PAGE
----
Labour Day. Everyone’s back to school tomorrow. So what should be next on the to-do list? Why, planning this year’s March Break, naturally! It’s never too early, especially when you live in a slightly out of the way place in a northern climate, where mid-winter flights south tend to fill up quickly. 🙂
Our ideal destination is one that allows us to mix the requisite warm temps, beach, and resort amenities with opportunities to learn about local history, culture, and natural environment.
One sun destination that rates high on all counts is the Yucatan Peninsula in Mexico. We’ve been to Cancun and the Mayan Riviera on three separate trips over the past several years and each time we’ve seen and learned something new. Let’s take a look.
Sun, beach and amenities.
Lessons from history and culture
Many of us have heard of the Mayan Empire, but most of us don’t realize that the Mayas as a people didn’t disappear. Large numbers of people of Mayan descent live in the same geographical area they’ve lived in for over 4000 years. This civilization started way back in 2000 B.C. They had developed a flourishing culture, with a complex network of city-states. They built a society based on agriculture and trade; they introduced writing, arts and crafts, and sport. They used a base-20 number system (we use base 10, which is a lot easier!), a sophisticated calendar system, and had a significant understanding of astronomy. The big question for me is: why do we learn about ancient Egypt in school but not the equally impressive ancient civilizations of the Americas? Although the Spanish arrived in the early 1500s, the Mayas were not fully “conquered” until 1697.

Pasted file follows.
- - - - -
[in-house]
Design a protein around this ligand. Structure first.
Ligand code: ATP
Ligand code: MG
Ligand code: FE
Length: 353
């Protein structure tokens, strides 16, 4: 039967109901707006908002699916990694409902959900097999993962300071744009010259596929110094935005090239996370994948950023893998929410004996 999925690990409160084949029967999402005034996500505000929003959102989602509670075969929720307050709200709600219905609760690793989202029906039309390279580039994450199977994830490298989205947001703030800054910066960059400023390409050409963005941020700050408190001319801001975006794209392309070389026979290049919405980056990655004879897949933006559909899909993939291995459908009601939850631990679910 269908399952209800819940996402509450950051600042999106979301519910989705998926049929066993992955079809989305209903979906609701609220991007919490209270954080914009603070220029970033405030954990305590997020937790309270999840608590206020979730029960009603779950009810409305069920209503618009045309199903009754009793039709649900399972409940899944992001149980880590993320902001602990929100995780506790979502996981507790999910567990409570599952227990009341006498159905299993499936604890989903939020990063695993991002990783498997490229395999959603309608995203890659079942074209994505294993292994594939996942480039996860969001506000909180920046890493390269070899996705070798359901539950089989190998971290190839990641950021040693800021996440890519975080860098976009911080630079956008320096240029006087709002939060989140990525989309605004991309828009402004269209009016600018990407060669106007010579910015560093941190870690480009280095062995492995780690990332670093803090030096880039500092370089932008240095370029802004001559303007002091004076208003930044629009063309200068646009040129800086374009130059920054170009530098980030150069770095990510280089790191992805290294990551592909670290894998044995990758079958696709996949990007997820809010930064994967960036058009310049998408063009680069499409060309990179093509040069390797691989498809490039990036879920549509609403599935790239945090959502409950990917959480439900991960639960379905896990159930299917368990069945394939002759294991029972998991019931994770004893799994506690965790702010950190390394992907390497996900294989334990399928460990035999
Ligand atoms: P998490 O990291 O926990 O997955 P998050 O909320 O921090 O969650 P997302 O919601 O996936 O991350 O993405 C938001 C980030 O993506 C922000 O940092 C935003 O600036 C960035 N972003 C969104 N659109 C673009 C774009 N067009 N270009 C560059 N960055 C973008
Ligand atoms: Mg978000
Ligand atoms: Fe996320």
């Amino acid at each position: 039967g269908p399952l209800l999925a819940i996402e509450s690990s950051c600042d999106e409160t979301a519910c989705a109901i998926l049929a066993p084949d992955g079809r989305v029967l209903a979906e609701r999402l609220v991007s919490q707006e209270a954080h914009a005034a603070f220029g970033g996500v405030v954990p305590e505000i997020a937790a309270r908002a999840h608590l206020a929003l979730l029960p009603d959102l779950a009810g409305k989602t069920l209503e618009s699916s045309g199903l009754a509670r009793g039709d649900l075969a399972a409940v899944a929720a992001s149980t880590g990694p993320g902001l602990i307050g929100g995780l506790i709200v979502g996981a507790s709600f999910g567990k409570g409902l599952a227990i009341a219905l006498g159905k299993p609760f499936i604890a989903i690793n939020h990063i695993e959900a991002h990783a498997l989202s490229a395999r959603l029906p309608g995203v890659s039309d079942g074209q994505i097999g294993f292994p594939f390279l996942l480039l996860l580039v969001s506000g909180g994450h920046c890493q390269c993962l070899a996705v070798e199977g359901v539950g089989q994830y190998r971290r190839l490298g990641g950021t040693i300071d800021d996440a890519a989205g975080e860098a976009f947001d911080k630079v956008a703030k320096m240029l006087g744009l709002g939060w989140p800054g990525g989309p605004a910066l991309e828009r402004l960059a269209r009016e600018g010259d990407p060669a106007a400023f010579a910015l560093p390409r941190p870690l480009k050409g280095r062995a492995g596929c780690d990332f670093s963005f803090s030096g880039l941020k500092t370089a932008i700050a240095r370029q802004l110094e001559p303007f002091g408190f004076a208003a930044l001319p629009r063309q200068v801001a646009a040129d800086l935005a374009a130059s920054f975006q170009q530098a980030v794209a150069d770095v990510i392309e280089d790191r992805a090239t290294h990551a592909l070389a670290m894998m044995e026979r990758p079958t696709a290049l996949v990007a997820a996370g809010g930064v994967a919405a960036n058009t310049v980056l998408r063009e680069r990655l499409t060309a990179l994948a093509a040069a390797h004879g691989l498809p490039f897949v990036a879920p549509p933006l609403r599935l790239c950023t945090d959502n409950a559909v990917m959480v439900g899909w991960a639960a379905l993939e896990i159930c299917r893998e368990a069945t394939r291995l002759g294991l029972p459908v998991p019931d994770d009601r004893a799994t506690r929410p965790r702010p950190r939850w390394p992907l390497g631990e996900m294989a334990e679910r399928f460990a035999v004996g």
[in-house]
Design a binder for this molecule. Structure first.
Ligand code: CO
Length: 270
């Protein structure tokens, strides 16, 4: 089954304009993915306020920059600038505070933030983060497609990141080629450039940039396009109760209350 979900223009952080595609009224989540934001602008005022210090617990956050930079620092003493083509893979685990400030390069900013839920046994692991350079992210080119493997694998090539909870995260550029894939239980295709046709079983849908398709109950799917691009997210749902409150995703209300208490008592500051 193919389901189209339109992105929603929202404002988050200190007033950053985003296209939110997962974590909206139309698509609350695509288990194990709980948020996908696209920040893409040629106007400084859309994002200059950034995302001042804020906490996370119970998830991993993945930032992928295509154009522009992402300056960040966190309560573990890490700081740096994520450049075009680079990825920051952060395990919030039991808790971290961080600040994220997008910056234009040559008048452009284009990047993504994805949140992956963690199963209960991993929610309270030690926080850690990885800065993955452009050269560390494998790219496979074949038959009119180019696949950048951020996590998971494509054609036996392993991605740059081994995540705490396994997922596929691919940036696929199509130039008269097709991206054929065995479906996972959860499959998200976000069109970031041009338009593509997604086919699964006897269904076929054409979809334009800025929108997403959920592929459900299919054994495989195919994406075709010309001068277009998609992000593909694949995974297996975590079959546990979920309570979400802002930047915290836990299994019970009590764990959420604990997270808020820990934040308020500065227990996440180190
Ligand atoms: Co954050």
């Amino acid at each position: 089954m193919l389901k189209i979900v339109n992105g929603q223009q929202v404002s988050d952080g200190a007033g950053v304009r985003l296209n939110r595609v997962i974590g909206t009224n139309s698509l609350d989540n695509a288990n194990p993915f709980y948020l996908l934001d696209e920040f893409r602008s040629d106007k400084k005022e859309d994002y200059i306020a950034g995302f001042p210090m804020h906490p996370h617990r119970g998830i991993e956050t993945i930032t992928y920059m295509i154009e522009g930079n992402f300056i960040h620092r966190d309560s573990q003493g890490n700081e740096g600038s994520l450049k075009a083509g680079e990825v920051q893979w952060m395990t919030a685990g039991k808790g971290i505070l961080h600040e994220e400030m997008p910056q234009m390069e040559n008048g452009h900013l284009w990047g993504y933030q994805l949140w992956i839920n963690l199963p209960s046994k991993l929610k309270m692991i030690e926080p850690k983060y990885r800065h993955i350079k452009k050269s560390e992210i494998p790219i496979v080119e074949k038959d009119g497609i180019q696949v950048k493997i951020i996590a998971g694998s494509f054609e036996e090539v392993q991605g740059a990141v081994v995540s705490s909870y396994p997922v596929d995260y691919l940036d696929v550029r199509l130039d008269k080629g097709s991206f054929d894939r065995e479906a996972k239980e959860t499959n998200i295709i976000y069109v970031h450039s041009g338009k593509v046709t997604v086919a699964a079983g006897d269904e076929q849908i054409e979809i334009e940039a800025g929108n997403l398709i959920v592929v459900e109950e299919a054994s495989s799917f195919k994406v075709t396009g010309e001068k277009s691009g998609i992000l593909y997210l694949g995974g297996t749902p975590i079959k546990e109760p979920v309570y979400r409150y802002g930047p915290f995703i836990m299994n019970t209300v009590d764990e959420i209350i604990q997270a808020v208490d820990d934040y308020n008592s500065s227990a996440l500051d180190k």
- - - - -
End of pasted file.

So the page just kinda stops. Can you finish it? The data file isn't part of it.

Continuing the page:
The Maya writing system is considered to be one of the outstanding achievements of pre-Columbian civilization in the Americas. We would know even more about their history and culture if so many of their texts had not been destroyed by the Catholic priests in colonizing times whenever they came across them. Fortunately, a few remaining texts were uncovered much later, the analysis of which allowed hieroglyphics on ancient monuments and further uncovered texts to be interpreted.
The Maya people and important parts of their culture and traditions – and the Maya language – continue to flourish in the Yucatan Peninsula, as well as in parts of Guatemala, Honduras, Belize, and El Salvador. It is estimated that between 750,000 and 1,200,000 people in the region speak Mayan and about three times that many are of Mayan origin. So when, in Canada, we struggle to learn two languages, keep in mind that many of the people serving you at a resort can speak Mayan, Spanish, and enough English to serve you just fine!
You can visit any of these three Mayan sites as day trips from Cancun or the Mayan Riviera. Each one has a different story to tell and each one is well worth the visit.
Lessons from the natural environment
The Yucatan region is flat and its underlying geology is mostly limestone. The area has literally thousands of sinkholes, known locally as cenotes, which are a prime source of naturally stored fresh water. Some of them are now open to tourists for diving, swimming, and adventurous forays through watery underground caves and tunnels linking cenotes. FYI, it’s hard to take many pictures while you’re navigating your way through those stalagmites and stalactites. In case you’re wondering, the water is far warmer and far clearer than the Bay of Fundy!
The Yucatan also has flora and fauna that you definitely won’t see in the north. And I’m not even thinking about the amazing fish and tortoises you can see if you opt for some snorkeling or scuba diving. So many learning experiences. There’s something for everyone.
A week’s holiday in the Yucatan is a wonderful time in the sun, and also a terrific learning experience.
Photo credits: Jane Fritz; the cenote photo is from a tourist brochure.
(The photos at Chichen Itza were taken the week before the steps up the large temple were closed to the public for both safety and to protect the ancient monument from further damage.)